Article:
Animal abuse needs 'special legal task force', says pet expert

Emirati Afra Al Dhaheri says Cloud 9 Pet Hotel and Care has spent Dh300,000 on treating abused animals last year alone

Abu Dhabi, United Arab Emirates - Cat kept in pet boarding at Cloud 9 Pet Hotel and Care on May 14, 2018. (Khushnum Bhandari/ The National)

Emirati Mouza Al Shamsi is still waiting for justice for her two cats after her neighbour shot them both in separate incidents, leaving one of them dead.

In March, Sugar, a white Turkish breed, went missing and Ms Al Shamsi received a call from her neighbour telling her to pick up her "devil cat" from his house because it "refused to die".

Sugar was collected, covered in blood after having been shot twice. She died soon after.

It has been two months since Ms Al Shamsi filed a police report about the incident and, while the case has been referred to prosecution, her neighbour is yet to be charged. In the mean time, Coco, her other cat who had already survived a shooting, has, according to Ms Al Shamsi, been catnapped.

"Nothing happened [with police] and [my neighbour] went ahead and kidnapped our other cat. A man like that should be fined or jailed for animal abuse.”

Cloud 9 Pet Hotel and Care in Abu Dhabi sees many cases like this. For example, there is seven-year-old, cream-coloured Saluki April. Watching her chase birds around the garden in her wheelchair and interact with people, it is difficult to tell how much she has suffered at their hands. But her legs had to be amputated after a group of teenagers shot her three times and then ran her over with a car.

“She came to us bloody, dehydrated and paralysed,” said Afra Al Dhaheri, the founder and owner of Cloud 9, which opened seven years ago. April's legs had to be amputated after she began chewing on them, says Ms Al Dhaheri, and now sadly no one wants to adopt her.

Abu Dhabi, United Arab Emirates - Afra Al Dhaheri, head of Cloud 9 Pet Hotel and Care with two legged dog, April on May 14, 2018. (Khushnum Bhandari/ The National)

Cloud 9 spent at least Dh300,000 on treating abused animals last year alone, and now Ms Al Dhaheri is urging stricter punishments and rules on animal abuse.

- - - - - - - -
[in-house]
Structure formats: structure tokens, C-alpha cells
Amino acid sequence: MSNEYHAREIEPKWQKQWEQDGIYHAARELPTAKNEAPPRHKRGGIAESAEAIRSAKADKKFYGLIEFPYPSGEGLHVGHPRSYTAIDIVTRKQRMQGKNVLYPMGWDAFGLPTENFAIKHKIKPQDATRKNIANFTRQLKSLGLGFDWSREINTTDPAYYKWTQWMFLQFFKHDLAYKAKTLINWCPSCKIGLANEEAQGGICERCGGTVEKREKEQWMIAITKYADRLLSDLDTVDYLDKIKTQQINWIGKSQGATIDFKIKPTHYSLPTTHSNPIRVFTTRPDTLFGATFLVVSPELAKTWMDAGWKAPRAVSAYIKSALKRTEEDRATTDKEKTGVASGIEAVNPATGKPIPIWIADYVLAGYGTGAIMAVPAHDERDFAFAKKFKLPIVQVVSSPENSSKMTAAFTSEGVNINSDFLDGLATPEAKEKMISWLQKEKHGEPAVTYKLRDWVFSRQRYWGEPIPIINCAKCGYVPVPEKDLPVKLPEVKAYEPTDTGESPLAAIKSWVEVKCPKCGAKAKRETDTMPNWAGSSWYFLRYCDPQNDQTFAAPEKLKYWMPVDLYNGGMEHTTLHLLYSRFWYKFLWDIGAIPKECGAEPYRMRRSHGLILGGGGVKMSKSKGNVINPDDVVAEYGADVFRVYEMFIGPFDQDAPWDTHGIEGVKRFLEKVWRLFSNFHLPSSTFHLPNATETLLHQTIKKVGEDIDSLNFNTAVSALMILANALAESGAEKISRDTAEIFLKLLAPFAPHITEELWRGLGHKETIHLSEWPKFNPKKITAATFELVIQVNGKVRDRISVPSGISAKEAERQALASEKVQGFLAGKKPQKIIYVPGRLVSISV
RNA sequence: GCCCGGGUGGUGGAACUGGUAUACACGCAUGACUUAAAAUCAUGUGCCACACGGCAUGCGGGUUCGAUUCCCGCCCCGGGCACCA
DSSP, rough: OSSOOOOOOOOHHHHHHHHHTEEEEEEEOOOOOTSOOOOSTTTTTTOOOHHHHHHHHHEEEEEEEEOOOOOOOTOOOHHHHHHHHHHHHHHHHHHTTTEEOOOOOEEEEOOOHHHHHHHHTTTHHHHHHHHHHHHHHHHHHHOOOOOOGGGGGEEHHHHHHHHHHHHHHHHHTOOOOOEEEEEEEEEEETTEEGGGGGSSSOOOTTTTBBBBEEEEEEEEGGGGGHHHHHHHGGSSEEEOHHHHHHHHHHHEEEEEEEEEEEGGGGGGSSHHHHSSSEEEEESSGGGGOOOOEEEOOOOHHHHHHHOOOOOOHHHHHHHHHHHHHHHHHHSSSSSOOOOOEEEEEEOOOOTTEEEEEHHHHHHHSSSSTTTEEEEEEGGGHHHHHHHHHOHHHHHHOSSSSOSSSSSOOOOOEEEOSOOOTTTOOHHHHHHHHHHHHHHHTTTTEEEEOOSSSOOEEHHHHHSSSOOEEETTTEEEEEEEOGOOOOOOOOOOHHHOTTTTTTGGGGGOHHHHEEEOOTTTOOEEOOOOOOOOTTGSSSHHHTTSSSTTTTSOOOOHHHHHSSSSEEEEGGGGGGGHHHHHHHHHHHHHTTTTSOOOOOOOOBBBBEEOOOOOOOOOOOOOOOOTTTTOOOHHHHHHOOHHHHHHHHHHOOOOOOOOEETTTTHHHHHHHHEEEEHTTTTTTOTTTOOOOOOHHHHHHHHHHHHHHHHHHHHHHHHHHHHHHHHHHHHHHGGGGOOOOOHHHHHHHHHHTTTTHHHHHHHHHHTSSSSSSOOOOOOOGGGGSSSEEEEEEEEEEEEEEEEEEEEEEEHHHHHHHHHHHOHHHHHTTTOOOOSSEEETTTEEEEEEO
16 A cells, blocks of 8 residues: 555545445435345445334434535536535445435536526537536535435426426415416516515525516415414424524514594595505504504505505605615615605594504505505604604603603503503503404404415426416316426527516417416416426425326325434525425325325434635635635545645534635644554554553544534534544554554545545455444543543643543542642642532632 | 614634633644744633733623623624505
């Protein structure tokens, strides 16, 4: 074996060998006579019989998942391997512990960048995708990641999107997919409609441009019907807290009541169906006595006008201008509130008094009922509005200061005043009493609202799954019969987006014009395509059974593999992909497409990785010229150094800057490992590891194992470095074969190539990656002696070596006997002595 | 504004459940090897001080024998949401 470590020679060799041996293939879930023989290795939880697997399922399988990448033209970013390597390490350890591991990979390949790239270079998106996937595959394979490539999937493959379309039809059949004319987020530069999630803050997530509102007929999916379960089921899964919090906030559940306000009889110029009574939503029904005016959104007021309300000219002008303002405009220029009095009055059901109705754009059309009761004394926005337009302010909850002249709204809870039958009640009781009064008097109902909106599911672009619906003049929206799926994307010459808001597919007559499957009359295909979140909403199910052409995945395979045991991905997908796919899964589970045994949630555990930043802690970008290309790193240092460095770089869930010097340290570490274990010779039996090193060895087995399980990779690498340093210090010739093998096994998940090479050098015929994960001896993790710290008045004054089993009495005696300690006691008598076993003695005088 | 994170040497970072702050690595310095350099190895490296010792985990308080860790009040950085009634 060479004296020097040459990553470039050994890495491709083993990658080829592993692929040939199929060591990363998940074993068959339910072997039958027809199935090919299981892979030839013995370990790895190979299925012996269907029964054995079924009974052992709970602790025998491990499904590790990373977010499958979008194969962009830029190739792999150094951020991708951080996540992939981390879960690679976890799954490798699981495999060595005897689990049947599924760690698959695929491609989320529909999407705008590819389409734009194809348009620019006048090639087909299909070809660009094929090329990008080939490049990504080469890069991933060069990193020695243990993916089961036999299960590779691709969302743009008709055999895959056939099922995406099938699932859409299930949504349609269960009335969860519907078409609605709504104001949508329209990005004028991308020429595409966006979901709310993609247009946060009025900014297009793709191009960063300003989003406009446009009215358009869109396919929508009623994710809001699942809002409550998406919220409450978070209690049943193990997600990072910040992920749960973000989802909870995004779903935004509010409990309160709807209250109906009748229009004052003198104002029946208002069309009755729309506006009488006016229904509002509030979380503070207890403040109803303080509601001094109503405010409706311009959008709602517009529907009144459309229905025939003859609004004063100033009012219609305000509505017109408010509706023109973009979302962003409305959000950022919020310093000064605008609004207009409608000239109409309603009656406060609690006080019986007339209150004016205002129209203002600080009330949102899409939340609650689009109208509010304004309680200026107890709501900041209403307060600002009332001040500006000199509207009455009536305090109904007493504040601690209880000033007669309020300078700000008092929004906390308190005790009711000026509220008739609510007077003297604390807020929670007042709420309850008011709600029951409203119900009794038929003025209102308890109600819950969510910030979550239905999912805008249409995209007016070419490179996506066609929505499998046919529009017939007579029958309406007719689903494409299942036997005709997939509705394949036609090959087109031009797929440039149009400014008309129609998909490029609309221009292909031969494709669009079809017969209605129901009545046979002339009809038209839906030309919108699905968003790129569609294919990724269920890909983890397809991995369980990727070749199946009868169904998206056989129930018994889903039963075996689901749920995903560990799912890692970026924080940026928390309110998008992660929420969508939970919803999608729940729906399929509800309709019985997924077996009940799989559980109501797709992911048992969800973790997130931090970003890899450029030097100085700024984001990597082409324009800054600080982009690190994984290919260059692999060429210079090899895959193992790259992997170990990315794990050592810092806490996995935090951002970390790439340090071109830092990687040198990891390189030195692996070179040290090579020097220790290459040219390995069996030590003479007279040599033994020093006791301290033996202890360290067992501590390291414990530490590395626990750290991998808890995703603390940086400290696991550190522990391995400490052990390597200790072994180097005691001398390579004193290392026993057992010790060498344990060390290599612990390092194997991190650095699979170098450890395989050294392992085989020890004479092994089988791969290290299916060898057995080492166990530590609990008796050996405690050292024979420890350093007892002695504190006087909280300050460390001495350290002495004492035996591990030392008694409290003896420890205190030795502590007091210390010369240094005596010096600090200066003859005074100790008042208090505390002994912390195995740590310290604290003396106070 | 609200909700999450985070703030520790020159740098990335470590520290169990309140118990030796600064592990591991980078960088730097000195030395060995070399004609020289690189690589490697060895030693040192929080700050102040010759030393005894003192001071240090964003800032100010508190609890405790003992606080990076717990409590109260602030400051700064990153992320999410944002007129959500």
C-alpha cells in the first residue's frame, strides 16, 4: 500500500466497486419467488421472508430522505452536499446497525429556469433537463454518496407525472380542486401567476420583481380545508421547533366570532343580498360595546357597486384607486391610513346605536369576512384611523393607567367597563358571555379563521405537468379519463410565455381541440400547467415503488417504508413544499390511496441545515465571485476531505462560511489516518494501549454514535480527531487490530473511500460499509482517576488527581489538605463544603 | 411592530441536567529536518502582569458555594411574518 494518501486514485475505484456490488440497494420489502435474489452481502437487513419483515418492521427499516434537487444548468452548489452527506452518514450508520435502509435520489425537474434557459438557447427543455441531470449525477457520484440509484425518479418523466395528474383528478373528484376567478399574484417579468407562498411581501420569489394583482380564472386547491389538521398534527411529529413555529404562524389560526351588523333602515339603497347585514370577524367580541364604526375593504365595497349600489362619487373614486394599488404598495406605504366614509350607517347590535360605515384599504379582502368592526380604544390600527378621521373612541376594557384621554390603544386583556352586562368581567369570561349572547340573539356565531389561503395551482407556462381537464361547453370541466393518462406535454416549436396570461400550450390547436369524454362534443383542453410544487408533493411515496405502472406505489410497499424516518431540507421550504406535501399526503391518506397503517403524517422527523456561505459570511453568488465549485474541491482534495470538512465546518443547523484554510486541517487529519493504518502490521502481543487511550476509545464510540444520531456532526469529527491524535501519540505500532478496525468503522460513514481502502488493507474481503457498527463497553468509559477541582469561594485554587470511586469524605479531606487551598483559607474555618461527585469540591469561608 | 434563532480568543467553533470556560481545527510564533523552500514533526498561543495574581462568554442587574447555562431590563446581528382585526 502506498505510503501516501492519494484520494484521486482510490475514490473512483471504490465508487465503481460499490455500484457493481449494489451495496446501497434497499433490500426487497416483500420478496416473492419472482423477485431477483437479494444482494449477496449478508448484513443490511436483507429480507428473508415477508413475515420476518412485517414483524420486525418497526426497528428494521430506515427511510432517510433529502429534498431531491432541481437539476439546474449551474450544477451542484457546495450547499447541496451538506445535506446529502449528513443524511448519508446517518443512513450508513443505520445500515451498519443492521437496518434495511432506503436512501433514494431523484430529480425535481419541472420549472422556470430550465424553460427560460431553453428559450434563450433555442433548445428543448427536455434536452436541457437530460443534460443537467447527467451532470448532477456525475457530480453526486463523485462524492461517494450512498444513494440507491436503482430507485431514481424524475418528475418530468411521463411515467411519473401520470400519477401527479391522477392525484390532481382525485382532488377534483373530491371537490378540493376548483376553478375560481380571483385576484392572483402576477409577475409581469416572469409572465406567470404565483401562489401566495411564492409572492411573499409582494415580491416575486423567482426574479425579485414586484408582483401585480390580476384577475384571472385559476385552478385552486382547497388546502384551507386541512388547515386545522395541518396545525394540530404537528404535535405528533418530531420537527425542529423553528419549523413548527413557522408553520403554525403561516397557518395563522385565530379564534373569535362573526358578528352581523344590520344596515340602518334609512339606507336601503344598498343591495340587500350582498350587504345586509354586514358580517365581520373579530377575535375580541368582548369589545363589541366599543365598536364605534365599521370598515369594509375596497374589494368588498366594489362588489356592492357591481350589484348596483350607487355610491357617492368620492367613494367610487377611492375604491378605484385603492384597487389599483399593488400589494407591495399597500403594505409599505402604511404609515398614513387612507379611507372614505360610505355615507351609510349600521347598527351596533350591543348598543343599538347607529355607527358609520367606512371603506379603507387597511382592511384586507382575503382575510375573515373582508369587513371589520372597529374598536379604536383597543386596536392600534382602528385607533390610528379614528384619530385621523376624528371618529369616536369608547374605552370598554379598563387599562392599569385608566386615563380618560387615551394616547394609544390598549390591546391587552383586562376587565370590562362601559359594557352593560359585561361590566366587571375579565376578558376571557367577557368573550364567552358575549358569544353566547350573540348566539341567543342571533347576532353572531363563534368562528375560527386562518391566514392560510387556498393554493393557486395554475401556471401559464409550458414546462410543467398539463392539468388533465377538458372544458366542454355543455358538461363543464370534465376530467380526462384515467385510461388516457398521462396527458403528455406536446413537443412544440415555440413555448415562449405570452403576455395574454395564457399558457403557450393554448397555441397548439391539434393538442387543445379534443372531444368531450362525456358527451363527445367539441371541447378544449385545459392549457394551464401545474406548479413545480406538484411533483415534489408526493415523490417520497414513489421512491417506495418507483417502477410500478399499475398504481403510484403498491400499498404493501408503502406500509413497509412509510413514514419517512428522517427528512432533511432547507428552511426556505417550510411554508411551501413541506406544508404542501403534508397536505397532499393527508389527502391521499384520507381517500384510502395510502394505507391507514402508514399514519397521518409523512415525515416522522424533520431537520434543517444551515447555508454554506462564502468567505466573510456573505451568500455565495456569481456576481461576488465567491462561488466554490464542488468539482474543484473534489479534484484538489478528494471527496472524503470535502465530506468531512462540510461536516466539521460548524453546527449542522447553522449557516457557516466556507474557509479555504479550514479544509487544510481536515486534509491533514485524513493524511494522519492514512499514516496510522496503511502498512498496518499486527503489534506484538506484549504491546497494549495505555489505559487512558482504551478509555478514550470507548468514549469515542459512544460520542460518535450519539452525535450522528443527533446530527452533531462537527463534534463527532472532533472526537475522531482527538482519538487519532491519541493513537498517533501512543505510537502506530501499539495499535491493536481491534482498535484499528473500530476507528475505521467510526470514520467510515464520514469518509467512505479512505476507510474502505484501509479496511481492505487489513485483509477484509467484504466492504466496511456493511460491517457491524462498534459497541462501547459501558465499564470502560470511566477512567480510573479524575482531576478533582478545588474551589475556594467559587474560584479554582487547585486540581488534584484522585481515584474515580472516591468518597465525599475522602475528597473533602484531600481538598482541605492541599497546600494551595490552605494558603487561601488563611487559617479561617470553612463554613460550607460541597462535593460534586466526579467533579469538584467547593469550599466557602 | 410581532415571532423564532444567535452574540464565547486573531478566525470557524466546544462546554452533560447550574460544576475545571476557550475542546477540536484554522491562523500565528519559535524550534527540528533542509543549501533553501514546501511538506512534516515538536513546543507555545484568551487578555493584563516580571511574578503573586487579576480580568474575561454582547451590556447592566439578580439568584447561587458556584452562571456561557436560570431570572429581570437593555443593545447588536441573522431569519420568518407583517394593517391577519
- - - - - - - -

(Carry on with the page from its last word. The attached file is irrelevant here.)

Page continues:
"More should be done. Instead of waiting for a neighbour to report [abuse] or for a video [of abuse] to go viral, there should be a special legal task force to monitor and punish people who abuse animals," she said, adding that with the potential of harsh penalties for videoing others many people would be deterred from reporting abuse that way.

Ms Al Dhaheri says there needs to be an easier way of reporting people who hurt animals to the authorities.

In another example of horrible abuse, Cloud 9 recently took in a cat that had its paws tied together so tightly with a telephone cable that they decayed and became infested with maggots. The cat eventually had to be put down after becoming extremely aggressive towards people — a result of the abuse it sustained.

The cat was brought in by a resident who reported seeing a neighbour's children abusing it before abandoning it on the street.

“We see these cases almost every day," said Ms Al Dhaheri. "Pets who have been injured by rocks that have been thrown at them or burned or shot, and almost every imaginable kind of torture and abuse.”

The Emirati says animal abuse has nothing to do with nationality, religion or culture, and that "it happens everywhere in the world". "It has to do with families and how they raise and educate their children,” she said.


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In 2016, UAE Federal law 18, raised fines from Dh5,000 to Dh200,000 with a prison term of up to a year for anyone caught abusing, illegally hunting or buying or selling animals.

Lawyer Ali Al Mansoori said that while there have been cases filed against individuals who have been caught abusing pets, "they are very few. Probably once a year".

The last case he recalled was of two men who were arrested last year after a video showed a cat being fed to dogs. Sheikh Mohammed bin Rashid, Vice President and Ruler of Dubai, ordered that the men clean Dubai Zoo for three months under new community service laws.

On Mrs Al Shamsi's case he said, "Since the case has been referred to prosecution, it may take some time depending on the evidence that was provided. Their neighbour might have denied the entire incident or he might have confessed. The law will take its course and depending on the evidence, the man will be charged accordingly," he said